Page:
With complex queries, the root data object (Department) in first query segment 822 is used to define the entire shape of the query based on the nested objects (Employee and Address). Second query segment 824 contains items selected from a previously referenced data object in the query and it is used to further filter the results of the query based on attributes from the Employee data object. For instance, d.employees 840 includes the alias 832 for Department object 830 and association role 842 of the Department object to the Employee object, where the first name of the Employee is given a unique parameter name of “?2” 844, the value of which, for this invocation, is given as “Joe” in parameters 818. Likewise, third query segment 826 also contains items from a previously referenced data object in the query and it is used to further filter the results of the query based on attributes from the Address data object. e.address 850 includes alias 852 for the Employee object and association role 854 for the Employee object to the Address object, where the zip in the Address is given a unique parameter name of “?3” 856, which is given a value of “27560” in parameters 818.

FIG. 8C illustrates another simplified query that is functionally equivalent to SQL query 800 in FIG. 8A. Query 860 in FIG. 8C is shown to contain two query segments, 862 and 864. Like query 820 in FIG. 8B, first query segment 862 returns the rows in the Department table where the department name is “Rational”.

Second query segment 864 contains items selected from a previously referenced data object in the query. d.employees 866 includes the alias 868 for Department object 870 and association role 872 of the Department object to the Employee object, where the first name of the Employee is given a unique parameter name of “?2” 874, the value of which, for this invocation, is given as “Joe” in parameters 818 in FIG. 8B.

Second query segment 864 also includes an expression from an aliased data object to a role, and to an attribute of the data object corresponding to the role. This is functionally equivalent to query segments 734 and 736 from query 720. Note that a separate query segment is not necessarily required to filter on attributes of a related data object if the data object relationship is a single valued relationship. For many valued relationships, a separate query fragment is required. e.address.zip 876 contains the alias “e” for the Employee object, the alias.role “e.address” for the Employee object to the Address object, and the (single valued role).*attribute “zip” of the Address object, where the zip is given a unique parameter name of “?3” 878, which is given a value of “27560” in parameters 818.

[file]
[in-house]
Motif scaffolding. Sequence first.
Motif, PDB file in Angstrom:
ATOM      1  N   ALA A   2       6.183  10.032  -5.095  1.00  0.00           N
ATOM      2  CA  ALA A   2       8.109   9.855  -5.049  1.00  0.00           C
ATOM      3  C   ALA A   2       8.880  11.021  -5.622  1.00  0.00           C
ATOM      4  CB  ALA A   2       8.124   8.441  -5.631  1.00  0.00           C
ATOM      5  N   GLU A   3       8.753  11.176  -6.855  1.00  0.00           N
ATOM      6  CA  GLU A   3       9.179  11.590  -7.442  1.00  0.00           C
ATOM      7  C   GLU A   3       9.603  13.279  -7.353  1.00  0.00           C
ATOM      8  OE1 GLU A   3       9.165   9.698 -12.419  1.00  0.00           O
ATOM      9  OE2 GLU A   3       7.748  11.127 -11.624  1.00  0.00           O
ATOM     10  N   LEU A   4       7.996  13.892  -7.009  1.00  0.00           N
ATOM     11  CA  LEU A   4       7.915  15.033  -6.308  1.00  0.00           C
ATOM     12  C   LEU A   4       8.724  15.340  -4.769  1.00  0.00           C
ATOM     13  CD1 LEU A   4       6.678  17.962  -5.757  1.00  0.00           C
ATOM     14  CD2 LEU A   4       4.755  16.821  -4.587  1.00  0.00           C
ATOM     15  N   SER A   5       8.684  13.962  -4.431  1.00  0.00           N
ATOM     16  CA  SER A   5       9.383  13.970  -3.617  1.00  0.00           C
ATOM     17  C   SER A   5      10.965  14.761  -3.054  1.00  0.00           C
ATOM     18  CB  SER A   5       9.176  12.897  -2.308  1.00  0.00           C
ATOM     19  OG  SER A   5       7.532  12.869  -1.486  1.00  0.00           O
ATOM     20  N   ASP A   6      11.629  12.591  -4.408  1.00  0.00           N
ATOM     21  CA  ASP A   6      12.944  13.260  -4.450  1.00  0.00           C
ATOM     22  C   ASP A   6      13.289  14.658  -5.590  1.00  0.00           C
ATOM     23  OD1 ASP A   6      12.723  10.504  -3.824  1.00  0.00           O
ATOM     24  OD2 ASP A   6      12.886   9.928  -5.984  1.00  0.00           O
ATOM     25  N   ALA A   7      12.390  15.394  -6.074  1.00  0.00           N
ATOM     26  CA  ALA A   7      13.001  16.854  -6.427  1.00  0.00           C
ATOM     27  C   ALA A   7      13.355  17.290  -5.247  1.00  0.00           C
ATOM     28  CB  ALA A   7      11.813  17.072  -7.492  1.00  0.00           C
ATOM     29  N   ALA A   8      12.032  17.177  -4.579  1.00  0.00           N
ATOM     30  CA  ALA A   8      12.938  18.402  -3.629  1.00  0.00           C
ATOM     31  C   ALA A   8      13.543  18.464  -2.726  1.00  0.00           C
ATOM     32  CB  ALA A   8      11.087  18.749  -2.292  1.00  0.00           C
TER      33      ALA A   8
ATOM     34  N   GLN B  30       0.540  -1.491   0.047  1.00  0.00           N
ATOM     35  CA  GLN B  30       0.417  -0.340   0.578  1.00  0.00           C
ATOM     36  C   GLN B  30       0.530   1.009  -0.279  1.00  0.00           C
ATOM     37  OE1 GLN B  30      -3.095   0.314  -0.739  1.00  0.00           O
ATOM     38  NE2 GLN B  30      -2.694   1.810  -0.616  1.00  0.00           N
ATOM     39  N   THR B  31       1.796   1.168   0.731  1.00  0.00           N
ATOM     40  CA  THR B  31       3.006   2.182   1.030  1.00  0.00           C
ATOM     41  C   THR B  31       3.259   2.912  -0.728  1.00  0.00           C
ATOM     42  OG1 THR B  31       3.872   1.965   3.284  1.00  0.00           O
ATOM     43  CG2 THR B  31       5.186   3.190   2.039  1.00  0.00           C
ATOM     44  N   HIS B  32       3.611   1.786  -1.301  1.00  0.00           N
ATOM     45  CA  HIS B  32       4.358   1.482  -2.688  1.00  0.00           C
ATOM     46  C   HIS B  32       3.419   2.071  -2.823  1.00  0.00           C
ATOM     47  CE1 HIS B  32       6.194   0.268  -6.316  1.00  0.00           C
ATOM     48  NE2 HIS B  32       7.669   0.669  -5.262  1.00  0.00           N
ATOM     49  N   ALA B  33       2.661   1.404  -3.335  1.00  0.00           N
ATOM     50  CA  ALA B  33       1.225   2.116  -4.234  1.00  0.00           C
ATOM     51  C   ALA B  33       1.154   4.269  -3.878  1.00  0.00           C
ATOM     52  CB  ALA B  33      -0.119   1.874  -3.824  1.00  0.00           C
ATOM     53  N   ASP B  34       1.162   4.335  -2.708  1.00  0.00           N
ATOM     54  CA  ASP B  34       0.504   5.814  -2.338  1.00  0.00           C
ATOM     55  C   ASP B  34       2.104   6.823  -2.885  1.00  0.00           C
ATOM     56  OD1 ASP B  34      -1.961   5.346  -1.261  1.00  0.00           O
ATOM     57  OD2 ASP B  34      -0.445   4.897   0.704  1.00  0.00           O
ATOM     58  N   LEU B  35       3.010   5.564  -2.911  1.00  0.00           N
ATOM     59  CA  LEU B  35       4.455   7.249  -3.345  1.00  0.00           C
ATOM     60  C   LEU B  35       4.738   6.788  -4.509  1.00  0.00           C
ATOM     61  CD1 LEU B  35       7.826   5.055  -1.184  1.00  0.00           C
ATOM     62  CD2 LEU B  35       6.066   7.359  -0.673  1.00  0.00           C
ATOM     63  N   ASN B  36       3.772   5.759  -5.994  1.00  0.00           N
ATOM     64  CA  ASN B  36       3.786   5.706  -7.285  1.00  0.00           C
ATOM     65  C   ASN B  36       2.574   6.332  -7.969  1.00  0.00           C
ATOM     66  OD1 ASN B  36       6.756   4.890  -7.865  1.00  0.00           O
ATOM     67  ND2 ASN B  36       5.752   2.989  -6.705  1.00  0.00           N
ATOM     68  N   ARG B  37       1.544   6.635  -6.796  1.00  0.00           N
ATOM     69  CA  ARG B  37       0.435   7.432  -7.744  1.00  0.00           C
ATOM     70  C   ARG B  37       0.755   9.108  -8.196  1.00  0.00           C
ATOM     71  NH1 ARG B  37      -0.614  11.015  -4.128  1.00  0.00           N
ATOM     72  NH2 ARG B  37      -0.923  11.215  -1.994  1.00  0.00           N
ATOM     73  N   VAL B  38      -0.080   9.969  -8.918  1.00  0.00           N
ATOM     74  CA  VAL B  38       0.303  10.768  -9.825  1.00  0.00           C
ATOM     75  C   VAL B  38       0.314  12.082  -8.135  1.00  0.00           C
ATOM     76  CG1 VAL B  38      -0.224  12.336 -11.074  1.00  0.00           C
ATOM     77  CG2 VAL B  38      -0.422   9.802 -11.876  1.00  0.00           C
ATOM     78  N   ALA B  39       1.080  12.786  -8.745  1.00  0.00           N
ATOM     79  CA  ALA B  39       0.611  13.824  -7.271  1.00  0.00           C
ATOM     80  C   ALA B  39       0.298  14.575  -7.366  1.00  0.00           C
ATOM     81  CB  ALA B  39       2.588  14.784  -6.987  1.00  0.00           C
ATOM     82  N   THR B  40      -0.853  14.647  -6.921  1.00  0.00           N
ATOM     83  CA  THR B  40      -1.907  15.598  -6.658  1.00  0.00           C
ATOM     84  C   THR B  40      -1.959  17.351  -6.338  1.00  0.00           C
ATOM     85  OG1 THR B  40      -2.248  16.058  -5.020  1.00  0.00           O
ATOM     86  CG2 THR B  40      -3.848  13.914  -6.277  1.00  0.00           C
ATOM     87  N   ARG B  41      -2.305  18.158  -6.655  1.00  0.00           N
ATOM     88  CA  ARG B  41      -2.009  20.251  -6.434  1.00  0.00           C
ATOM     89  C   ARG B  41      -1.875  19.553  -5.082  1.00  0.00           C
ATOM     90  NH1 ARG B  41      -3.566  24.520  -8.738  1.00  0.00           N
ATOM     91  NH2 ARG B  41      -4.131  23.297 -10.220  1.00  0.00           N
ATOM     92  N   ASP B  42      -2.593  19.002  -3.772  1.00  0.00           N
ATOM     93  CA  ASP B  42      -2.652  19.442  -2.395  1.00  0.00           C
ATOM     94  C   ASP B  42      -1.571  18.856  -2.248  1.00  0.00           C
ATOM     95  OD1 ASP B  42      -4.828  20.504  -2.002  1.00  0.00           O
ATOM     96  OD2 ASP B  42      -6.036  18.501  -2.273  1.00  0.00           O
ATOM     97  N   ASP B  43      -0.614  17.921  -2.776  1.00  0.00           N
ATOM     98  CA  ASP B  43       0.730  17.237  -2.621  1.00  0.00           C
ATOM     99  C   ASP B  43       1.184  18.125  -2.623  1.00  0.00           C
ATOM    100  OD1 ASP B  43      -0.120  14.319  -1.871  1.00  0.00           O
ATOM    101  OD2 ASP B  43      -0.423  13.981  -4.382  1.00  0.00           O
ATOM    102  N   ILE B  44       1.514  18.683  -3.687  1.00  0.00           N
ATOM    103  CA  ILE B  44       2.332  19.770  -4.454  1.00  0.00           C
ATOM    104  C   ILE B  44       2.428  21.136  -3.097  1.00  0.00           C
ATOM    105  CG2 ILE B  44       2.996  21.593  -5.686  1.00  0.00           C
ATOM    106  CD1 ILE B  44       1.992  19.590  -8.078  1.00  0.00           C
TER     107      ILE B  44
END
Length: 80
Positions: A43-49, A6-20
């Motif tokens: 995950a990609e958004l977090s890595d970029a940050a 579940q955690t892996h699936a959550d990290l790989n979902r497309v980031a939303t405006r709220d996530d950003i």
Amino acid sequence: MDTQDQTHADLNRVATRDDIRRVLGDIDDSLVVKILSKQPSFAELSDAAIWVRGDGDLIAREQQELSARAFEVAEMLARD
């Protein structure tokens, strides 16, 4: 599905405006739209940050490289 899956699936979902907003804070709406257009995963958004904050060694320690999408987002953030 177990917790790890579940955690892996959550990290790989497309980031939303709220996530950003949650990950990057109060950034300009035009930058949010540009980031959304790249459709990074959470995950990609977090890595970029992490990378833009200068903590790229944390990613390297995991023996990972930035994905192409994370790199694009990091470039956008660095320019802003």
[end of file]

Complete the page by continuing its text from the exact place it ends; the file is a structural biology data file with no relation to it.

With the present invention, users may retrieve information from databases or other backend storage formats or persistence frameworks using the above described simplified query syntax. In one implementation, a user may create and store simplified queries using annotations. These annotations, which span multiple files, may be used in the source code itself. An example annotation usage may contain the following annotation code:

@ws.sbf-query

    • name=“AddressesByCity”
    • query=“[SELECT {$AddressLite} as a where a.city=?1]”

This annotation code may be used in a JAVA file and edited by an application developer. When the JAVA file is compiled, the annotation is processed. A copending application entitled “METHOD AND APPARATUS FOR INCREMENTALLY PROCESSING PROGRAM ANNOTATIONS”, Ser. No. 11/002,845, filed on Dec. 2, 2004, assigned to the same assignee as the present application, and incorporated herein by reference, describes a mechanism that allows for processing program annotations and detecting added, removed, or changed annotations in source files.

Annotation processing in this example includes parsing and transforming the query to SQL, and generating the code that sends the expanded SQL to the mediator. Alternatively, code is generated that sends the simplified query syntax directly to the mediator, and the mediator understands how to transform and execute the syntax at runtime.